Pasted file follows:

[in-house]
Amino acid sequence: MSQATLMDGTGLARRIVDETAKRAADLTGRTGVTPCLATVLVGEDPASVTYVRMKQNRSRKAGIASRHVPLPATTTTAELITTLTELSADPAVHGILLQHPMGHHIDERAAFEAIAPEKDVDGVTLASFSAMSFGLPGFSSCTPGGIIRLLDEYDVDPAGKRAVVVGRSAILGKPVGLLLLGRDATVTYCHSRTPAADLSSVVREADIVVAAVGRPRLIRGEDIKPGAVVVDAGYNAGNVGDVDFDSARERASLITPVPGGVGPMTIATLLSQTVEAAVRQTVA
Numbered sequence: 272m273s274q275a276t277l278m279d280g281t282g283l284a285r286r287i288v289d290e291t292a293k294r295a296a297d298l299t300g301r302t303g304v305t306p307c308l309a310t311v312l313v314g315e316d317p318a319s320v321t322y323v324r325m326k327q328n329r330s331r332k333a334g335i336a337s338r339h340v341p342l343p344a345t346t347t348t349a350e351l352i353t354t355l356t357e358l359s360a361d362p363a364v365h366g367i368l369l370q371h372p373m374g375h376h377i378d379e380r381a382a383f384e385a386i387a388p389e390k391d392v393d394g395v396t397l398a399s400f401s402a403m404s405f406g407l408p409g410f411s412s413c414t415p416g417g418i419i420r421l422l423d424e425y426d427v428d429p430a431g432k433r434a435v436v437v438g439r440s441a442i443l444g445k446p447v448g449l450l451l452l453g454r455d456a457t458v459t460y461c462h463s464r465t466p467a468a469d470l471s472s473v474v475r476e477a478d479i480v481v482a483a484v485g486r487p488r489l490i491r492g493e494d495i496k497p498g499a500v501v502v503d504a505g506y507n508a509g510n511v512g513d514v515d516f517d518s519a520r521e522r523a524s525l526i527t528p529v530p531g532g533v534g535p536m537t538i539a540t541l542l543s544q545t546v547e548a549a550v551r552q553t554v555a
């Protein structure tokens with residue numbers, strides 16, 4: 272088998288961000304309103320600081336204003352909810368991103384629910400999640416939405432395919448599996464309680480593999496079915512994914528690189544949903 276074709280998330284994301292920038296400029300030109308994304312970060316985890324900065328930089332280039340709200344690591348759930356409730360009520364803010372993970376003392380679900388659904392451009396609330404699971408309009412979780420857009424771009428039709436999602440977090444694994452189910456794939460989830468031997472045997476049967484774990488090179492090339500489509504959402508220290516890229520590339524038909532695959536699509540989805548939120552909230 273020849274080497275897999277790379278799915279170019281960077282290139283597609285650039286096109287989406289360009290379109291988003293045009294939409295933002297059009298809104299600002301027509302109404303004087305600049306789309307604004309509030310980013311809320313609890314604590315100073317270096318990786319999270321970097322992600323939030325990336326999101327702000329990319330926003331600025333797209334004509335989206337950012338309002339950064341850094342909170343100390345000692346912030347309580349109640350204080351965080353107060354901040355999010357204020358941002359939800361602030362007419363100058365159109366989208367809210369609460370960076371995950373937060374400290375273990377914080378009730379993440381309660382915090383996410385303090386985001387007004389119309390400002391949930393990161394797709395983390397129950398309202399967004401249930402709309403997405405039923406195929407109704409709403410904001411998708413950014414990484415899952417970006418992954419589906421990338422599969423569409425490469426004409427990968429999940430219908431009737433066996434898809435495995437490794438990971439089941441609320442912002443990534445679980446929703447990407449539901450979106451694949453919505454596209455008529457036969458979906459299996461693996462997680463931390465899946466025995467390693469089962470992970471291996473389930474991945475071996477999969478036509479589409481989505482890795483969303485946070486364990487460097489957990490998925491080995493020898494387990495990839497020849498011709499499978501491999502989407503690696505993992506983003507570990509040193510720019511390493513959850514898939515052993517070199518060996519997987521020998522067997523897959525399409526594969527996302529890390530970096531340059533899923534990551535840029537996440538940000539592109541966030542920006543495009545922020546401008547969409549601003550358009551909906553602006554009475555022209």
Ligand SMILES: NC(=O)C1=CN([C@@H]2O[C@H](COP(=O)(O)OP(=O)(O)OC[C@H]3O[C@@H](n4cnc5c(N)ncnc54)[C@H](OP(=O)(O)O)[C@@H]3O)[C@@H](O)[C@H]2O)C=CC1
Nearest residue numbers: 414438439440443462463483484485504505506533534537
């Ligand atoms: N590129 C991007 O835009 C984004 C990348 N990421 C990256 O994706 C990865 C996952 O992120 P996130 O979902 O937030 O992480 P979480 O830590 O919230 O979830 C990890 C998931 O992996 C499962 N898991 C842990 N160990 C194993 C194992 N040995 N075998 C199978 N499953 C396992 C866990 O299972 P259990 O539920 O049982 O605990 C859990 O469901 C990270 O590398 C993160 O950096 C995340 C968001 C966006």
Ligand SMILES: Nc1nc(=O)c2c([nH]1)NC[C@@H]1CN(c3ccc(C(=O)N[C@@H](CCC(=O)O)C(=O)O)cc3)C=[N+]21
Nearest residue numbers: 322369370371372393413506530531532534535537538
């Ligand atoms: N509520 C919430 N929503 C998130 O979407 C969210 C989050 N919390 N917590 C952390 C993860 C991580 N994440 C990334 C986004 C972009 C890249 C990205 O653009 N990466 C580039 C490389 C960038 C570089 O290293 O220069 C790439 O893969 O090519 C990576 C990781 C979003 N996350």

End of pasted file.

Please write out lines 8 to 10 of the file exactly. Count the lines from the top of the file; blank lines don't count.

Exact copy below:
Ligand SMILES: Nc1nc(=O)c2c([nH]1)NC[C@@H]1CN(c3ccc(C(=O)N[C@@H](CCC(=O)O)C(=O)O)cc3)C=[N+]21
Nearest residue numbers: 322369370371372393413506530531532534535537538
């Ligand atoms: N509520 C919430 N929503 C998130 O979407 C969210 C989050 N919390 N917590 C952390 C993860 C991580 N994440 C990334 C986004 C972009 C890249 C990205 O653009 N990466 C580039 C490389 C960038 C570089 O290293 O220069 C790439 O893969 O090519 C990576 C990781 C979003 N996350």